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Improving Service Delivery for e-Inclusion

The proposed research will:

  • Study large-scale, live deployment of ICTs to manage customer relations in the delivery of telecom services by operators acting as agents of governments;
  • Study how customer relations are managed in electricity supply, a similar public-utility service, directly provided by government and by agents of government (with emphasis on BOP micro enterprises in cities);
  • Draw lessons on how customer relations in the telecom and electricity industries can be further improved, exploiting the near-ubiquity of voice/SMS connectivity and related functionalities;
  • Communicate the combined lessons from telecom and electricity industries to decision makers with authority over government services of different types.

Desk research, interviews, big-data analysis (using software), and demand-side or user studies will be used for the research.  The questions about how customer relations are managed in the mobile telecom and electricity industries in the three countries where the research is conducted will be answered in the following stages:

  1. Desk research on current practices and interviews of key individuals in the supplier organizations will be conducted.
  2. In the case of two mobile operators in Sri Lanka who have consented to permit access to internal customer transaction-generated data (“big data”), the findings from the desk research and interviews will be supplemented by analysis of big data.
    1. In addition to anonymized data regarding how different customers interact with suppliers, the operators have consented to permit randomized controlled trials that will enable the testing of the efficacy of different modalities of handling customer interactions.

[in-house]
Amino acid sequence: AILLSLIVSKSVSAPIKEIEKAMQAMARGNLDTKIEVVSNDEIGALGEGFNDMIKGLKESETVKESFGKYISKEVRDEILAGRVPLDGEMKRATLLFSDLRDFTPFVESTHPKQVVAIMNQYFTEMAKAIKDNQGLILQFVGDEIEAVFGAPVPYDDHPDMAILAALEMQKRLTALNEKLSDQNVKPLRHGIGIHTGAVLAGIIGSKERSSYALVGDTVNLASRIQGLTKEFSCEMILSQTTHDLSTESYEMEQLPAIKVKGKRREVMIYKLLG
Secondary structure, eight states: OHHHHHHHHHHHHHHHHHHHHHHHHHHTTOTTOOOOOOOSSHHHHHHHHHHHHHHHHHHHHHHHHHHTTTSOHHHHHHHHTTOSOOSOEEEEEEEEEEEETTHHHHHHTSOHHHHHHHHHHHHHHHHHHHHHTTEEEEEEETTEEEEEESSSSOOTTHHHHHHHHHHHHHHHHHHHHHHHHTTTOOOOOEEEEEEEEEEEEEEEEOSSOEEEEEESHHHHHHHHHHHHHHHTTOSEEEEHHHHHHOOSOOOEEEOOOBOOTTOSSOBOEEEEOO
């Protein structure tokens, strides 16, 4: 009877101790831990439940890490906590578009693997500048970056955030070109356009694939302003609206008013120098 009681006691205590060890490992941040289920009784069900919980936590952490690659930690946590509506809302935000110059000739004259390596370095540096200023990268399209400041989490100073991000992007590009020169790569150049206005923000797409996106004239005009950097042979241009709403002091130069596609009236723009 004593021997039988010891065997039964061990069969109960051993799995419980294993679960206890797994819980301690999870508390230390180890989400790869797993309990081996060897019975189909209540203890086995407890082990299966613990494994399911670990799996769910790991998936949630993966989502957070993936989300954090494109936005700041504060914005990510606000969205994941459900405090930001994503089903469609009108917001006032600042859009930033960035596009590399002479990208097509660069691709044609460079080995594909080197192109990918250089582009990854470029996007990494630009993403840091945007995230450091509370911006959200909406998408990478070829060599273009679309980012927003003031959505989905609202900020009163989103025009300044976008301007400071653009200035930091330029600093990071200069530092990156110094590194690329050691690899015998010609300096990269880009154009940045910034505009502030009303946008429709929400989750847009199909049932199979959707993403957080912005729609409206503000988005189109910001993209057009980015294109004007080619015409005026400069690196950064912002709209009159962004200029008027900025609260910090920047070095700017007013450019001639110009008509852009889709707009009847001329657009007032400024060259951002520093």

3. In all cases and all countries, demand-side analysis will be conducted using qualitative and quantitative methods:
    1. On the qualitative side, the empirical methodologies of ethnography and participant observation, including techniques such as wallet-mapping, phone-tours, and usage interviews will be used.  In addition, interaction design, service design and user experience design methodologies will be used to identify specific “pain-points,” “failure cases,” and “scenarios-of-use” that cumulatively describe the consumer experience.
    2. On the quantitative side, a survey of urban poor micro-entrepreneurs will be conducted in at least one city in India and Sri Lanka (and budget permitting, in Bangladesh/Bhutan) to find out current level of ICT and electricity use, as well the functional issues faced in consuming government services.

     

Final reports

CRM practices in the electricity distribution Sector in Bangladesh: Supply side perspectives on improving customer service delivery

CRM practices in the electricity distribution sector in India: Supply side perspective on improving customer service delivery

eGovernance in municipalities: Improving the delivery of services to micro-enterprises and urban poor

Methodology note on low-income, urban micro-entrepreneurs: Quantitative survey

Draft versions of the reports are found below

Current status and way forward for eGovernance in Bangladesh

Slides

LIRNEasia’s dissemination workshop – 18th February, Colombo (including survey results and solutions)

Solution briefs – Electricity sector

Consumers lack knowledge about power outages

Addressing consumer complaints

Lack of efficient use of electricity

Lack of property rights prevents access to electricity

Solution briefs – Telecom sector

Involuntary activation of value added services

Call drops and network coverage are problems

Not recognizing low-income micro-entrepreneurs; a missed opportunity

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